- ‘Welcome to the edge of freedom’: Biden’s boots touch down in DMZ
- Obama: Hole U.S. ‘digging out of’ requires billions more in unemployment benefits
- Obama’s regulatory agenda will cost U.S. economy $143B next year: report
- Patriot Act author on James Clapper: Fire, prosecute him
- Russia P.M. Medvedev: No amnesty for political prisoners
- Michigan GOP Senate hopeful reminds government is the ‘servant’
- Christmas, by Congress: Members mull a 15-cent tax on trees
- U.S. unemployment falls to five-year low of 7 percent; 203K jobs added
- World mourns Nelson Mandela and celebrates his life; burial set for Dec. 15
- Bill O’Reilly reminds: Nelson Mandela ‘was a communist’
Some U.S. allies foresee a nuclear-armed Iran
World not speaking with one voice on response to regime’s activities
VIENNA, Austria— The United States and its European allies agree that Iran might be seeking the capacity to make atomic arms as it forges ahead with its nuclear program. They differ on whether Iran is actively working to build a bomb.
Such divergence could mean trouble for the West’s strategy to keep Iran nuclear weapons-free.
The United States and, more forcefully, Israel have warned that armed attack is possible if Iran is seen to be actively working on a bomb. But the lack of consensus among allies could complicate making any such assessment.
A revised report last year remains classified. In outlining its findings to Congress last year, National Intelligence Director James Clapper avoided any suggestion that Washington now thinks it erred in its 2007 assessment.
Instead he focused on Iran’s expanding uranium enrichment and other programs monitored by the International Atomic Energy Agency as key concerns. Mr. Clapper said it is “technically feasible” but “practically not likely” that Tehran could produce a nuclear weapon in one or two years if its leaders decide to build one.
IAEA challenges U.S. view
Recent reports by the IAEA, the U.N. nuclear agency, explicitly challenge the U.S. view that Iran has stopped weapons development work. They say that some such activities “continued after 2003 and that some may still be ongoing.”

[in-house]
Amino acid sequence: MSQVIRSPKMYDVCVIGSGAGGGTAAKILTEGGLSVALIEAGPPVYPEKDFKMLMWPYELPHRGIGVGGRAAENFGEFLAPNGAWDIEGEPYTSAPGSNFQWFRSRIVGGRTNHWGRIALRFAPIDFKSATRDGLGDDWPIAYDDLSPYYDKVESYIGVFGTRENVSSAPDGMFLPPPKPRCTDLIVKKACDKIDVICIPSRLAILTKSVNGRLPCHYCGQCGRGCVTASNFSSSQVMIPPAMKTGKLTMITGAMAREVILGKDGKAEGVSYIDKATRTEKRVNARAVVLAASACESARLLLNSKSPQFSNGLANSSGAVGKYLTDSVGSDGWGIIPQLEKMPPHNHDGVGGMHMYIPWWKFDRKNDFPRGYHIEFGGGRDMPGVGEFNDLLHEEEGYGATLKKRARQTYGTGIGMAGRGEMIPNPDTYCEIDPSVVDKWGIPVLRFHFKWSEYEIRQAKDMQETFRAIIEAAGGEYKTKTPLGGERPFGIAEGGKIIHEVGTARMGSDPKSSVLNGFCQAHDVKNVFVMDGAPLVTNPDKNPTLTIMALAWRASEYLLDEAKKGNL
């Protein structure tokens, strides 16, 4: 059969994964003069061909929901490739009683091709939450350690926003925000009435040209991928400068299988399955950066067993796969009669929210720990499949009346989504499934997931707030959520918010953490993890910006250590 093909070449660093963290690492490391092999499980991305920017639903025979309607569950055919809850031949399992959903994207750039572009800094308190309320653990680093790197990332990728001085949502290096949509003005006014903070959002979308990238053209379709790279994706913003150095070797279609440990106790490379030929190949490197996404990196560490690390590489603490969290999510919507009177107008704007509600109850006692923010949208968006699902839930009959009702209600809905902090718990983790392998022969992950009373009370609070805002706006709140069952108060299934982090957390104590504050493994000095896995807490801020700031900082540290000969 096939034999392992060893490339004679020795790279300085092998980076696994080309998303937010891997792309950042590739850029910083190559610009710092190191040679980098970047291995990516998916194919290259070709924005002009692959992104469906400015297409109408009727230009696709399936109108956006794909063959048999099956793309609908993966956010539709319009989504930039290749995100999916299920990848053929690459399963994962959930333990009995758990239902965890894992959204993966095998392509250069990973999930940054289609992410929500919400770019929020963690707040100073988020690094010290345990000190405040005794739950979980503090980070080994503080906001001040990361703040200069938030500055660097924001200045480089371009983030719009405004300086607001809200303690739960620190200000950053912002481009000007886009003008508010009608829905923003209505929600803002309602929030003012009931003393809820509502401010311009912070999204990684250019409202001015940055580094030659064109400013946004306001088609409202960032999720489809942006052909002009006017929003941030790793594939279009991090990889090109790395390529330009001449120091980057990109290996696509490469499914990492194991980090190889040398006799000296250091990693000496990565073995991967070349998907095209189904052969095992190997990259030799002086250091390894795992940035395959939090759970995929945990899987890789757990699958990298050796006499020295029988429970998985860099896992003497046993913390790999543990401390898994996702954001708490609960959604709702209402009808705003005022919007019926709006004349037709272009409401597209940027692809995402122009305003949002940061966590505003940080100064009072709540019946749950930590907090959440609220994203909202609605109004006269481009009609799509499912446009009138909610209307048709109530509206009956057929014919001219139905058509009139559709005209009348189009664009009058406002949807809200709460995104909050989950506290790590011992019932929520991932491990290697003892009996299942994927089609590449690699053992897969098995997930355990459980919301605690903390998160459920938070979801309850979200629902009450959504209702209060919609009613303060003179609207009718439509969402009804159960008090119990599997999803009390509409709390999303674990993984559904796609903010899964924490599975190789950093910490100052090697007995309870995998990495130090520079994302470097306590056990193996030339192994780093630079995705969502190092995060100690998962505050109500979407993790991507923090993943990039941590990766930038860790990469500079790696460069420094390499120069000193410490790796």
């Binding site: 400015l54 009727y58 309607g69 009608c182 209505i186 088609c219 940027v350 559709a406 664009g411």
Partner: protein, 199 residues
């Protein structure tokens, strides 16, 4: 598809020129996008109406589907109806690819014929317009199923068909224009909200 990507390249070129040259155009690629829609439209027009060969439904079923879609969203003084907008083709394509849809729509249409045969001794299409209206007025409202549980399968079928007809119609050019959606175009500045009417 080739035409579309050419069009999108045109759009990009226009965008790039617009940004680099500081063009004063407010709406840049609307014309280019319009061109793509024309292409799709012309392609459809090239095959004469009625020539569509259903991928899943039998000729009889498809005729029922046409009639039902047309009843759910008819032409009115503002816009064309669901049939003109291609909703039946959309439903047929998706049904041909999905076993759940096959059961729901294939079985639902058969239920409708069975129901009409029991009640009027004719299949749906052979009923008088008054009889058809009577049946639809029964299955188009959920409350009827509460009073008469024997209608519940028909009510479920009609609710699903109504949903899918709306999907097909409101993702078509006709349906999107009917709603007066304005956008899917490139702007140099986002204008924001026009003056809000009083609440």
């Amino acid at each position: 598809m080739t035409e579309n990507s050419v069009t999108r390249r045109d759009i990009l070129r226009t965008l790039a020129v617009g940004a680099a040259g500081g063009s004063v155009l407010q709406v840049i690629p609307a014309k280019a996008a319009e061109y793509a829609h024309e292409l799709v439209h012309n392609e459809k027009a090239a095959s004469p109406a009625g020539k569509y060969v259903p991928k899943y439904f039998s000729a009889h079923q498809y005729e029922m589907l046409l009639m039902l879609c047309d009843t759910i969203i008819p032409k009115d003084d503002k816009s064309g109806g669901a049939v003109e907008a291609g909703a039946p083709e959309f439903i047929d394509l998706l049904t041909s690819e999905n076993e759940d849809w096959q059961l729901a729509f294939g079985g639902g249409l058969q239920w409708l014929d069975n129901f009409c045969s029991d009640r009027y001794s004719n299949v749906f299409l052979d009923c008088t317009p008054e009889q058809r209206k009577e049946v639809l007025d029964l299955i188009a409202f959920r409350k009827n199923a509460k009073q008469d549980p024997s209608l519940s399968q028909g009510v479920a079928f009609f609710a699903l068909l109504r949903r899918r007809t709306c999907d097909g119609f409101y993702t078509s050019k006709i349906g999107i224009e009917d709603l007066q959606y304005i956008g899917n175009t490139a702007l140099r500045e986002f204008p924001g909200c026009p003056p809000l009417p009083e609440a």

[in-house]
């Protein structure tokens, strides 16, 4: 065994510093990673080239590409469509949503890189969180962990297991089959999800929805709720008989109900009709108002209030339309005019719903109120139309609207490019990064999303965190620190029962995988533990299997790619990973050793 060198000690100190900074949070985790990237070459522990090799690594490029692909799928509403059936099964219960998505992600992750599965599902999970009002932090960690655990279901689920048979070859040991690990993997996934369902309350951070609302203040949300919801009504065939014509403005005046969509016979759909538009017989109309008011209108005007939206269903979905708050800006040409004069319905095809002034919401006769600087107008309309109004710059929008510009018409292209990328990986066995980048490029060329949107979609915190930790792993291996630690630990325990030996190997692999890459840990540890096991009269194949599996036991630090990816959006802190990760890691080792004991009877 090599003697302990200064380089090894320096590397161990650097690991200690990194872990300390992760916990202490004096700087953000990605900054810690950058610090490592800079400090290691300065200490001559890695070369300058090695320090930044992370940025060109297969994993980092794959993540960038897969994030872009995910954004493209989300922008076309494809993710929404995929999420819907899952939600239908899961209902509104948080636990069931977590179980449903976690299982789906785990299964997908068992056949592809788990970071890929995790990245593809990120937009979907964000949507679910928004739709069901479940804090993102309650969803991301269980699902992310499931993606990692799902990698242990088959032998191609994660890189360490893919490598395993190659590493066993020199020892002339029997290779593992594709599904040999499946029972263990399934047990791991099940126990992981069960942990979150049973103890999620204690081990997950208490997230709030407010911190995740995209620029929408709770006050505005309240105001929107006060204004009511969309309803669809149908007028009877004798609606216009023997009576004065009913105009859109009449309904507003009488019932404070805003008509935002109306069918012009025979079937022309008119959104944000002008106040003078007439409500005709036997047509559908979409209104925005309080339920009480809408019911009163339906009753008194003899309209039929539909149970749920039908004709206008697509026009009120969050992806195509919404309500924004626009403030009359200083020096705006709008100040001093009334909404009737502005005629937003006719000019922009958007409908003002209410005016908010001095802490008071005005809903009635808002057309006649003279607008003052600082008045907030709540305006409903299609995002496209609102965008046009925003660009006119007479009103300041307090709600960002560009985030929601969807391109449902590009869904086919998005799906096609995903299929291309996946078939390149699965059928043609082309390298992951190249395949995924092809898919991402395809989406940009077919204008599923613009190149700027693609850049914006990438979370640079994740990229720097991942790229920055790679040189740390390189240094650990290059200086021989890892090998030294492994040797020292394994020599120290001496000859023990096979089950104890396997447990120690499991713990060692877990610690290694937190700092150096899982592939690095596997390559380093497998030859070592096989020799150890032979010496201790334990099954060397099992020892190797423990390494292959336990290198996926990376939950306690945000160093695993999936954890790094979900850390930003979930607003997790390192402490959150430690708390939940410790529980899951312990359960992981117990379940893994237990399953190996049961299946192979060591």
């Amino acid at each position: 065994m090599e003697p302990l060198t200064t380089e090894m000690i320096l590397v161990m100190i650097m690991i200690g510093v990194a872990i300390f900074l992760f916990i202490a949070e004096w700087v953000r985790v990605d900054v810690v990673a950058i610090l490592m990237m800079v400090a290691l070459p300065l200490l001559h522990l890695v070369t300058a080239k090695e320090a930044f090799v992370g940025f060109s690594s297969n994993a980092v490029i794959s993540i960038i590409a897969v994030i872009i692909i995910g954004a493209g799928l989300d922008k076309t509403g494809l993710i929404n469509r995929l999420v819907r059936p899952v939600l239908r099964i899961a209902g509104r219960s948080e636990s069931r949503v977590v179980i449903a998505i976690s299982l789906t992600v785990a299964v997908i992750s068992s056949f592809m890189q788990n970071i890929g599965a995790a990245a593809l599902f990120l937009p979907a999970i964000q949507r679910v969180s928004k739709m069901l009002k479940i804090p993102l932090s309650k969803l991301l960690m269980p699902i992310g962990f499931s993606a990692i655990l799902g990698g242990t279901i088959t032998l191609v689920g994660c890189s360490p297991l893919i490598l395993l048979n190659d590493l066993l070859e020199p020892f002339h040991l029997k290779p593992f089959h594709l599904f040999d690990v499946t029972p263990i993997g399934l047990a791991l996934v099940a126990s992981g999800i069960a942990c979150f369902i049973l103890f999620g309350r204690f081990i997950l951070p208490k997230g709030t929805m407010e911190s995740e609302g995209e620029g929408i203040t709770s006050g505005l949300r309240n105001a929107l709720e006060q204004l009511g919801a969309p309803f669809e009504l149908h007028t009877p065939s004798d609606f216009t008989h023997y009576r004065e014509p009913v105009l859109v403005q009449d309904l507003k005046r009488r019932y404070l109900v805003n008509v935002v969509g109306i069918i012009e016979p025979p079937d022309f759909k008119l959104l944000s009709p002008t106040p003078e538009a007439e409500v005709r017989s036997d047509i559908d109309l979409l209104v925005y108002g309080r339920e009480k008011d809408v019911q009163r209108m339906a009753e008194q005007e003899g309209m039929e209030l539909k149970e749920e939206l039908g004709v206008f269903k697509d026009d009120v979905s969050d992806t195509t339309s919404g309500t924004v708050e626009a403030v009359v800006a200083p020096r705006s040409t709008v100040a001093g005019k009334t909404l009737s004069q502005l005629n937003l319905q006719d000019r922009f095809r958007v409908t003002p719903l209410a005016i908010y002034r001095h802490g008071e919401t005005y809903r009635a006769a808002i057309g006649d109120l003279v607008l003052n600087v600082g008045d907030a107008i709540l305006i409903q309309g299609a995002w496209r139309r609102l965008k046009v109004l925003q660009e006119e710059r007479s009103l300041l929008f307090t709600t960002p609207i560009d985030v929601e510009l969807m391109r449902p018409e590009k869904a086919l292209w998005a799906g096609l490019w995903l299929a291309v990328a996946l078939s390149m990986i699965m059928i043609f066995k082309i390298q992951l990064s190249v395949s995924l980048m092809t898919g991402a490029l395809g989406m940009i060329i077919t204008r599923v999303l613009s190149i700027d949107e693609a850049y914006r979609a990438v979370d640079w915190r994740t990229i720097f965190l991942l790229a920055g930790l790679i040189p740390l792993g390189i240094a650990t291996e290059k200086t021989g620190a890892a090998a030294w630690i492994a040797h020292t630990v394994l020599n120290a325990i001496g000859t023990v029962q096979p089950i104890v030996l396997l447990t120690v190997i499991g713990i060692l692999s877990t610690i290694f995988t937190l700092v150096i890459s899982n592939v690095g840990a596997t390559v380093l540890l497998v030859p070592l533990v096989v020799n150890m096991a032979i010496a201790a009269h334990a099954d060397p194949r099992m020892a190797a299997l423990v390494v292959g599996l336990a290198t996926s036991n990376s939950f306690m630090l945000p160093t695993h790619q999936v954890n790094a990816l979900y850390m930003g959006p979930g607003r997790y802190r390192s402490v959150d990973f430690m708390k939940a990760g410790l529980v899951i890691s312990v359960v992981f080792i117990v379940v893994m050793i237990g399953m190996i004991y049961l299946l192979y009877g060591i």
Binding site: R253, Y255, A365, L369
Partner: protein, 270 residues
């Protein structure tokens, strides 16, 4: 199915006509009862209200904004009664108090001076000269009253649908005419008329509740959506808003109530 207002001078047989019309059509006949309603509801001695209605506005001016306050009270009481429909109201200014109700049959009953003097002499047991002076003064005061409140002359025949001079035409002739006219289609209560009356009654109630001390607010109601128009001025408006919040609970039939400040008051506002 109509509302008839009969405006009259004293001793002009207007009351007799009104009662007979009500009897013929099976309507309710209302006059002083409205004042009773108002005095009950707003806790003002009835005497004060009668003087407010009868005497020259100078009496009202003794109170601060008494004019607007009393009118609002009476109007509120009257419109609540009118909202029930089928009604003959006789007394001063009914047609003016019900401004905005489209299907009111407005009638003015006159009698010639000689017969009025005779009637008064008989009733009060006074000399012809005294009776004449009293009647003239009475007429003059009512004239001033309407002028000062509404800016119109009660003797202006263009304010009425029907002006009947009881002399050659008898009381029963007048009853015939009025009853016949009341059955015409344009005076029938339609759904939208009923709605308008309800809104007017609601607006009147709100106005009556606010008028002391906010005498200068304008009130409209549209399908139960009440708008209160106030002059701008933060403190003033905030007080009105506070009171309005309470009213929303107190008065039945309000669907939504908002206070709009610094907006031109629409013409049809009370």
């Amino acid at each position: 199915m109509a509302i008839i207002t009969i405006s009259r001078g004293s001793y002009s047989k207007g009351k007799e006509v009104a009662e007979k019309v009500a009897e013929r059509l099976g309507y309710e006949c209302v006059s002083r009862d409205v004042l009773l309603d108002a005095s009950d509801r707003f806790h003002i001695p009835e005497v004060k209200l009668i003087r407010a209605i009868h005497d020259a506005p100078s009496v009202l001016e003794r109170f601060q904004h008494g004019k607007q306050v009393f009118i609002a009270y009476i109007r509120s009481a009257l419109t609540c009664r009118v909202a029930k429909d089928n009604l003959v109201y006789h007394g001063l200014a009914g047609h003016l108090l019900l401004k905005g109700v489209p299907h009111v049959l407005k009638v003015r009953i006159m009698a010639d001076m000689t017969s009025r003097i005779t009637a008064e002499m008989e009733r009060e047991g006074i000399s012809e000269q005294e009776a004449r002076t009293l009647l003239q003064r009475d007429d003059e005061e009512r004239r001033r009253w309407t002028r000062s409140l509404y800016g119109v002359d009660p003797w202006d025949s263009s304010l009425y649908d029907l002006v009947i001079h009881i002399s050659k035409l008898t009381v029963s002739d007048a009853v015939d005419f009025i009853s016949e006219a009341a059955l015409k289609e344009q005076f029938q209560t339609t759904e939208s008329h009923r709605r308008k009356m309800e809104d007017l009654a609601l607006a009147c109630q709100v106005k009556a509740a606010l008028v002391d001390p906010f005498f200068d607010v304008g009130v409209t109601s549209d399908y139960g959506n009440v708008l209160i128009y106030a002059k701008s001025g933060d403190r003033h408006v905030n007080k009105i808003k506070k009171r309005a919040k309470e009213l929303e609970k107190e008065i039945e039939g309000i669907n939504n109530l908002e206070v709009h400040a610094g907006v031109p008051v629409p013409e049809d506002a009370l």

The IAEA has not said what suspect work was conducted when.
In its most recent report last week, the agency repeated suspicions Iran may have: conducted high-explosives testing to set off a nuclear charge; worked on computer modeling of a core of a nuclear warhead; prepared for a nuclear weapons test; or worked on development of a nuclear payload for a missile that could reach Israel.
Israel is the most public in backing the view that weapons work is continuing in Iran, as it seeks to energize international public resolve to counter Tehran’s nuclear drive and possibly pave the ground for an armed strike.
Former Mossad chief Danny Yatom told the Associated Press that the Americans have privately acknowledged that their 2007 assessment was wrong.
“The Iranians have never stopped their efforts to achieve military nuclear capability,” he said.
- Spike in battlefield deaths linked to restrictive rules of engagement
- Obama: Hole U.S. 'digging out of' requires billions more in unemployment benefits
- Bill OReilly reminds: Nelson Mandela was a communist
- Obama tries to calm Israeli fears over Iranian nuke deal 'not based on trust'
- 'Dude, I'm dreading that I will have to go': Czech prime minister on Mandela funeral
- A Mandela remembrance
- Inside China: Nuclear submarines capable of widespread attack on U.S.
- 'Hunger Games' delivers Obama's message on income inequality
- Behind Andy Reid, Chiefs enjoying a resurgence
- Study suggests link between gun ownership, racism
Independent voices from the The Washington Times Communities
Get in the middle of all the action inside and outside the boxing ring.
Opinion, analysis, and musings on politics, pop culture, reinvention, and the resultant flotsam and jetsam floating around the right-of-center quadrant of the Left Coast.
The cold hard truth about politics in America today and the state of this once great nation.
Find the latest news and happening that effect those in the Washington D.C., Northern Virginia and Maryland Metro region.
White House pets gone wild!